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Sentencing Project Releases Report on Sentencing Policy and Practice

by Matt Clarke

In February 2009, The Sentencing Project released a report on developments in sentencing policies and practices in 2008. The report notes that, with 2.3 million prisoners, 5 million citizens on parole or probation and a worldwide economic crisis, sentencing reforms to reduce the prison population have gained in importance. This is easily understood: “since 1990, state corrections expenditures have grown by an average of 7.5% per year” making it “a substantial contributor to the budget problems faced in many states.”

Arizona enacted SB 1476, allowing the Adult Probation Services of a county to retain up to 40% of the savings asso-ciated with a reduction in probation revocations. Kentucky, with HB 406, permitted certain prisoners within 180 days of release to be incarcerated at home, allowed persons incarcerated due to technical parole violations to receive credit for time spent on parole and made prisoners completing drug or education programs eligible for a 90-day earned discharge credit. With SB 2136, Mississippi reduced the percentage of a sentence a prisoner convicted of certain nonviolent crimes had to serve and, with HB 494, allowed compassionate parole for terminally-ill prisoners convicted of nonviolent crimes regardless of amount of time served.

Local initiatives passed in Fayetteville, Arkansas and Hawaii County, Hawaii declaring marijuana the lowest law en-forcement priority. Louisiana’s HB 292 allowed a drug conviction to be set aside and prosecution dismissed upon completion of a drug courts diversion program.
Massachusetts voters overwhelmingly passed Question 2, decriminalizing possession of one ounce or less of marijuana and making it subject to a $100 civil fine. New Jersey passed AB 1770, allowing special pro-bation for some drug defendants otherwise ineligible for probation and permitting the reduction of fines for financial hardship and reduction of special probation times for exemplary progress. Vermont passed HB 859, expanding the Intensive Sub-stance Abuse Program, community-based substance abuse services for persons under supervision and a authorizing a fea-sibility study of expanding drug courts statewide. It also allows the prison system to petition a court to reduce a prison sen-tence to probation for successful progress and limits probation officers’ caseloads.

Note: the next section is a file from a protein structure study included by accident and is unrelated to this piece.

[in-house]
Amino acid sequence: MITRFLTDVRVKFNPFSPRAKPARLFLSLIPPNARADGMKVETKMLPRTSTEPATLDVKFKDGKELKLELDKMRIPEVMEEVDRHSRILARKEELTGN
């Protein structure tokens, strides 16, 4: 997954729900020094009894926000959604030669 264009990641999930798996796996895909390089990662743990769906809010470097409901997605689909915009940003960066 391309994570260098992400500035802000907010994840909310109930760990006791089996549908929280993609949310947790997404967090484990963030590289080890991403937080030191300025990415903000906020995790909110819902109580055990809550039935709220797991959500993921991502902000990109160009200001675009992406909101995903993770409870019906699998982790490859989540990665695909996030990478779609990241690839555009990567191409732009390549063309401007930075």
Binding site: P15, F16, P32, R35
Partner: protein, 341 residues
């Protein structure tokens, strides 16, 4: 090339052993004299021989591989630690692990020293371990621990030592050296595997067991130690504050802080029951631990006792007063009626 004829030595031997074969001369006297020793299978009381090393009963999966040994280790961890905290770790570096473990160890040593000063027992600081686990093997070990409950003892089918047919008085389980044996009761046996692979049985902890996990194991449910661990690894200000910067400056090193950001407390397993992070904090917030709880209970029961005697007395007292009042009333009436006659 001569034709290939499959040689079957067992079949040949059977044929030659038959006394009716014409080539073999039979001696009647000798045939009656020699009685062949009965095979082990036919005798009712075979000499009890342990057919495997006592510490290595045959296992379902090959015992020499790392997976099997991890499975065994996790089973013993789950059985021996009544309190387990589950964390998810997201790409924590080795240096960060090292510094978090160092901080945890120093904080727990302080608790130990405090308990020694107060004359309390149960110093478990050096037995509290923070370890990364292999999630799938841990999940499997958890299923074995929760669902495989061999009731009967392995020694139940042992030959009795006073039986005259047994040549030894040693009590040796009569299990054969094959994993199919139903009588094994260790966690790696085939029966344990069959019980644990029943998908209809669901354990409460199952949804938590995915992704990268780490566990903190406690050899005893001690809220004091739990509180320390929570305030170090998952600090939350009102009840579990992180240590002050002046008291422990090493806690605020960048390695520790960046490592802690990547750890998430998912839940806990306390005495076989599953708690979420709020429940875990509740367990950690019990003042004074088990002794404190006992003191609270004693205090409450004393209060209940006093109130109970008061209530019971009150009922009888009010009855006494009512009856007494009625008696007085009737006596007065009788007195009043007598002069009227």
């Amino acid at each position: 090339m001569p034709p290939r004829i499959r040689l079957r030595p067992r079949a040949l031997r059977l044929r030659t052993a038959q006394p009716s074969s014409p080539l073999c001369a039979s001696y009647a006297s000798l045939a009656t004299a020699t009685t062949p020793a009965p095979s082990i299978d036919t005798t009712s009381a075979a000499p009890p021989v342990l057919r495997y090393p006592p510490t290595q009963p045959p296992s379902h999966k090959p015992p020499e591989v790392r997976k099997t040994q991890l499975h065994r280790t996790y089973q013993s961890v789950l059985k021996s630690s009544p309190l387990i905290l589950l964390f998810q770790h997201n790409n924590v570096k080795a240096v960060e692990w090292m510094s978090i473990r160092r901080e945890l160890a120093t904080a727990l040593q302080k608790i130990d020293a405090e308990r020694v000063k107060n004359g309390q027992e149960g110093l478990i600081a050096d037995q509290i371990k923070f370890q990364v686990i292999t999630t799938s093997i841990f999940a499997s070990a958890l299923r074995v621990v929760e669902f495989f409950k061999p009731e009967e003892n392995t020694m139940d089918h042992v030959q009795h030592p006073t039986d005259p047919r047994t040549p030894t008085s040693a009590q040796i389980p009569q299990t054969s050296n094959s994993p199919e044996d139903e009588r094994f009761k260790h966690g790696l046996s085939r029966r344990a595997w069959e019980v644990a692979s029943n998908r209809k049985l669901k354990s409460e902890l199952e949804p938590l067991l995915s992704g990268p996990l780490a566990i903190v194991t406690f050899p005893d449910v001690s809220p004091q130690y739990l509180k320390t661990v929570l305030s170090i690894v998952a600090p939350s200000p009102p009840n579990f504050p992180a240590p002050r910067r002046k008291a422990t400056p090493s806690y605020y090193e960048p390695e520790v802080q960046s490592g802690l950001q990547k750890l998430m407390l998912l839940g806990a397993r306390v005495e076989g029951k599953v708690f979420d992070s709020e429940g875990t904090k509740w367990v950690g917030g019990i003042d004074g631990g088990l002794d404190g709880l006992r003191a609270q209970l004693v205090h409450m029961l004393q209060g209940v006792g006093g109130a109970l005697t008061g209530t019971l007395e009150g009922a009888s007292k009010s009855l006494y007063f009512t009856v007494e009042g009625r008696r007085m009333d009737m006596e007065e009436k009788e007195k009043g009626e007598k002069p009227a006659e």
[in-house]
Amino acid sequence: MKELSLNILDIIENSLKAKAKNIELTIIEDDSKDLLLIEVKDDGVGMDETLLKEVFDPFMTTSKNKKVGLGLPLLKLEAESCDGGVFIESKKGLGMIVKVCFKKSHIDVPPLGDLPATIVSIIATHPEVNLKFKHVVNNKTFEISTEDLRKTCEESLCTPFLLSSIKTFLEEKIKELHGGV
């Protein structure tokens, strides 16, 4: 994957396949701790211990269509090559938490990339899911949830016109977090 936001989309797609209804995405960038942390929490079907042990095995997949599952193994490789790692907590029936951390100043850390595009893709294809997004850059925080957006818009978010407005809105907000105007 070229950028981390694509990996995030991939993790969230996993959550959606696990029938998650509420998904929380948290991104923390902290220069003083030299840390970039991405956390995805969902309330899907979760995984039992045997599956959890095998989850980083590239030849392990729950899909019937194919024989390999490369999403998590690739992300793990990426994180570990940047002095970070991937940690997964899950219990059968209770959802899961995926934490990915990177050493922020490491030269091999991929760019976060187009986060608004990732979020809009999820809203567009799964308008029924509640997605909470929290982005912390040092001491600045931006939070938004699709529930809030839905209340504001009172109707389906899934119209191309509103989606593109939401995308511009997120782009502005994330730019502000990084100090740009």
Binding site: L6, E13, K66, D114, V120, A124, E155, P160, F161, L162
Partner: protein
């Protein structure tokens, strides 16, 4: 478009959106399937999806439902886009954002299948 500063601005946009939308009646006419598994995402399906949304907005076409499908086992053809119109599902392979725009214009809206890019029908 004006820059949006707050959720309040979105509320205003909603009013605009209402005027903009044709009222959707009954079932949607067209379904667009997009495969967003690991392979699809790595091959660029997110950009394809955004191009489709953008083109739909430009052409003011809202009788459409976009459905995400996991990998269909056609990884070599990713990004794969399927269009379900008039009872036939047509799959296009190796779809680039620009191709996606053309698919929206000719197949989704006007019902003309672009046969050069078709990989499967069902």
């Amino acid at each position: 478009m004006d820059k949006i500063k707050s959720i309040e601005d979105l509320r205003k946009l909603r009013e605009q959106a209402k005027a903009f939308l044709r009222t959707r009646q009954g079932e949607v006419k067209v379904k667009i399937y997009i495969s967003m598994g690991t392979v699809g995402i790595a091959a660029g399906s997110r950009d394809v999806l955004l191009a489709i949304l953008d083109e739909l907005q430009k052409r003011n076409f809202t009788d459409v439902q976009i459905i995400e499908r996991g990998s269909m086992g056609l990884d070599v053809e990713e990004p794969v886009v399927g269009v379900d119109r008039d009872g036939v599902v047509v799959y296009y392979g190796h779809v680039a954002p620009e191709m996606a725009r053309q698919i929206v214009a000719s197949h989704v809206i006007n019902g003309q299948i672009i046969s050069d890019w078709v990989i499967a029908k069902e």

Connecticut (HB 5933), Iowa (HF 2393) and Illinois (SB 2476) passed legislation establishing methods to study the potential impact of legislation and policy changes on ethnic and racial minorities. Iowa also required grant applications to state agencies to include an impact assessment. Wisconsin’s governor issued Executive Order 251 creating a Racial Dis-parities Oversight Commission, establishing methods to monitor criminal justice practices for disparate impact and direct-ing the Office of Justice Administration to study the role of prosecutorial discretion in creating racial and ethnic dispropor-tionalities.

Kentucky passed SJR 80 creating a subcommittee to study the efforts of other states in reforming their penal codes with the intent of reducing prison overcrowding by modifying the penal code’s sentencing scheme for nonviolent crimes. South Carolina passed a similar act, S 144. With HB 4, Pennsylvania authorized sentencing courts to allow a conditional minimum sentence, accelerating the release of certain prisoners convicted of nonviolent crimes upon completion of cer-tain programs.

Kentucky’s governor rescinded essay submission, three character reference and application fee requirements for citi-zens seeking voting rights restoration following a felony conviction. Colorado passed SB 66 allowing juveniles facing prosecution for certain crimes formerly requiring prosecution as an adult to plead guilty to a Class 2 felony and be incar-cerated in the Youthful Offender System. Utah’s HB 86 appropriated $150,000 to be used for postsecondary education in prisons.

The report recommended that states reconsider overly harsh sentencing policies--including mandatory minimums, “truth-in-sentencing” and life without parole. It suggested the expansion of incarceration alternatives and sentencing diver-sion programs, including community-based treatment and training programs. It recommended the revision of parole and probation revocation procedures to include intermediate sanctions and other alternatives to incarceration.
It said that pa-role eligibility criteria should be revised to reduce unnecessarily lengthy times served and provide incentives for program participation. It stated that states should expand eligibility for proven diversion and treatment programs and should espe-cially reconsider restrictions excluding persons with violent, repeat or non-drug crimes. However these haphazard and piecemeal efforts are unlikely to change the steady exponential growth of the nation’s prison population which require sig-nificant sentencing reform to put a dent in the prison and jail population. See: The State of Sentencing 2008 by Ryan S. King, The Sentencing Project - February 2009.

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